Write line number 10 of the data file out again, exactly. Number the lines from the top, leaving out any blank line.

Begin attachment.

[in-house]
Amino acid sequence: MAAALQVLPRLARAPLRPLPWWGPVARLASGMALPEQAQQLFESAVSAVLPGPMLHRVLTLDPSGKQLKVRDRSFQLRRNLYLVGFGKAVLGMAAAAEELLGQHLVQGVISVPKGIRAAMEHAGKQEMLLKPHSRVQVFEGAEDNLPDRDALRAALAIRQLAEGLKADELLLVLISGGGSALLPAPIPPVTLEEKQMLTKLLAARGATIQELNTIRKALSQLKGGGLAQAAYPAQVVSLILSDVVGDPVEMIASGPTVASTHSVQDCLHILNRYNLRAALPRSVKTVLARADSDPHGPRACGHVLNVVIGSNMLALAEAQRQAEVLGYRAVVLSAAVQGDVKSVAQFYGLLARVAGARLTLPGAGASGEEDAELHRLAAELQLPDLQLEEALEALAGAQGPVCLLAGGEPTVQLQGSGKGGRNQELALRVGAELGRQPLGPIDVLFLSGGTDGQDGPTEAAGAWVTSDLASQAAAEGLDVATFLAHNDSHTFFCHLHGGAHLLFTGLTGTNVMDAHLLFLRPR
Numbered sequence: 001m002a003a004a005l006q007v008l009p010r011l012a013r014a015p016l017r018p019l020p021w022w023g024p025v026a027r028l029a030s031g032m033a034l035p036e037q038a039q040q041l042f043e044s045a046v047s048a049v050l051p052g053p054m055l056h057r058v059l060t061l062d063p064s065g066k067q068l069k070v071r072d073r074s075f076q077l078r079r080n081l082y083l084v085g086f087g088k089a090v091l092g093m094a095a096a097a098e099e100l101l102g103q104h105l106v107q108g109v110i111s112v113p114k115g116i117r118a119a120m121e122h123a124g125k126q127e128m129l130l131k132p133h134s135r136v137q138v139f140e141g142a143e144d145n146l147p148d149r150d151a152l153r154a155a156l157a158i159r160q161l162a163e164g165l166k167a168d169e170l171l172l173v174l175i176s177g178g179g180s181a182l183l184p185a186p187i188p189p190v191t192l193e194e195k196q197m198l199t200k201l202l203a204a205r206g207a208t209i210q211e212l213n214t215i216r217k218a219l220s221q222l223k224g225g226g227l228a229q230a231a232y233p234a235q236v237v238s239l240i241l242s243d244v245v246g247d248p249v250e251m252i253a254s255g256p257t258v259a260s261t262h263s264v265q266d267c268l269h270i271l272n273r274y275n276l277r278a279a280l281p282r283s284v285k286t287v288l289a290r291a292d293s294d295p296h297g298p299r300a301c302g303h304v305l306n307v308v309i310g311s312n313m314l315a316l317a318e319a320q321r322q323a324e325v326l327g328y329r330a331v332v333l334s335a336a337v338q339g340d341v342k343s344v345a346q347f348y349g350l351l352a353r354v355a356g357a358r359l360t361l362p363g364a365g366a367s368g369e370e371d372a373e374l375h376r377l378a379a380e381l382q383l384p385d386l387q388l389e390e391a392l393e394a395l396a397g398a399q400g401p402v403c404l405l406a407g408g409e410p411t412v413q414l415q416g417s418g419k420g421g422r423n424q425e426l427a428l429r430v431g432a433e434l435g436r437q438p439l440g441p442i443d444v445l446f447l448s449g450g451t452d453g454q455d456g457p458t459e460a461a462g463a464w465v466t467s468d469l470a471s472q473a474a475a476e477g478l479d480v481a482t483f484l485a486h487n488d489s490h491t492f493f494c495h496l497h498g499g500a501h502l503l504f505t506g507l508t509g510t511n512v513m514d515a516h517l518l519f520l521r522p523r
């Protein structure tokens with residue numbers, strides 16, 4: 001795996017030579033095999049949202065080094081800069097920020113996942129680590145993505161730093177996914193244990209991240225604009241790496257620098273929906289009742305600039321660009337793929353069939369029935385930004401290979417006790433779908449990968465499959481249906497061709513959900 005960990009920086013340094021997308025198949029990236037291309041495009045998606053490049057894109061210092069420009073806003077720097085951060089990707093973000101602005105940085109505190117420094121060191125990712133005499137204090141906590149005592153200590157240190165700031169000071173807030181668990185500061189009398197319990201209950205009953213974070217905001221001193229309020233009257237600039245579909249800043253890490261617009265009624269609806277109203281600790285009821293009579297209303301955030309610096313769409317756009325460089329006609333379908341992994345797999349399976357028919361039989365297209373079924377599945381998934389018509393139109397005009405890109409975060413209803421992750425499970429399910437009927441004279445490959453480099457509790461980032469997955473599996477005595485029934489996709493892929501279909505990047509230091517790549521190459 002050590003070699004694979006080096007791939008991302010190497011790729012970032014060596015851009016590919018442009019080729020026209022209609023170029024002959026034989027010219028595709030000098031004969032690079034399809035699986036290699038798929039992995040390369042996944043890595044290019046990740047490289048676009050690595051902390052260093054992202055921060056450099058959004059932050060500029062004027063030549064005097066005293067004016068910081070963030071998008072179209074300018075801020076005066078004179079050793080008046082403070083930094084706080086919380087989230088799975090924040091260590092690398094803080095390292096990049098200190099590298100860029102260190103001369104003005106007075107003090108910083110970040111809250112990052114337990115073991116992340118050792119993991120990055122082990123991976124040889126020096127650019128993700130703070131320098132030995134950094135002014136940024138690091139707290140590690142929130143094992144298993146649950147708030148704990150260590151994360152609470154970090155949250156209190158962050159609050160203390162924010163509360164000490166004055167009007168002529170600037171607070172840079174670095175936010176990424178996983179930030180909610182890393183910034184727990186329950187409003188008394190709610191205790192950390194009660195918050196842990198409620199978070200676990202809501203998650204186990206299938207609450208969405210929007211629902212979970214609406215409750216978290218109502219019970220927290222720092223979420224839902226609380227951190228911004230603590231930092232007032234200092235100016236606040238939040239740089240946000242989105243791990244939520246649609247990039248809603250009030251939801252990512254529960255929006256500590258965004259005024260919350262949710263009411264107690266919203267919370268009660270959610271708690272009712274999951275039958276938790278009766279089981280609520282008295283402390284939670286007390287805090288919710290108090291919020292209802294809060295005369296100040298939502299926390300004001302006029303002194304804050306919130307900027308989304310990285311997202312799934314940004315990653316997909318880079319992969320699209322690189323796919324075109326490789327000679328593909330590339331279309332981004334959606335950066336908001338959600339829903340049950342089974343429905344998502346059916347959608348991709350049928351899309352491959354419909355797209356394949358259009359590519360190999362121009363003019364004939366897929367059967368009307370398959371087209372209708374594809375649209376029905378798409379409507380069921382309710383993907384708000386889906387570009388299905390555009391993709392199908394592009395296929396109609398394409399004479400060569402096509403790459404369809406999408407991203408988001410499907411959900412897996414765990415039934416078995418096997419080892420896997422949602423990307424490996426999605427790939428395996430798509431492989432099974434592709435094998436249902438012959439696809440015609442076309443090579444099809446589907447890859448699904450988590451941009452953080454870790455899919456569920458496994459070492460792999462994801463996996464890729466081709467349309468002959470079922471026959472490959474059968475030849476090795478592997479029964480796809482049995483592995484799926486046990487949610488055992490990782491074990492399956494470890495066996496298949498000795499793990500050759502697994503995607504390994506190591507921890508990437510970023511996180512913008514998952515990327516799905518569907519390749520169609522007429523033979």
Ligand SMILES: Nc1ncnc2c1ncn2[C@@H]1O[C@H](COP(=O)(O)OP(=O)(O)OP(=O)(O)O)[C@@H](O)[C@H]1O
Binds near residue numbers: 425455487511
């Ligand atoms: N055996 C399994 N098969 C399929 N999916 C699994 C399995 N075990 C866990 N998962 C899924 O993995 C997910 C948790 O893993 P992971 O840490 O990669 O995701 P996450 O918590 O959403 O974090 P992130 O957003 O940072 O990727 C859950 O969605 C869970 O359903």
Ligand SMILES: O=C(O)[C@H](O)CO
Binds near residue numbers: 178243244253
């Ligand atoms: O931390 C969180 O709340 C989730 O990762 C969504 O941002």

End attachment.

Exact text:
């Ligand atoms: O931390 C969180 O709340 C989730 O990762 C969504 O941002």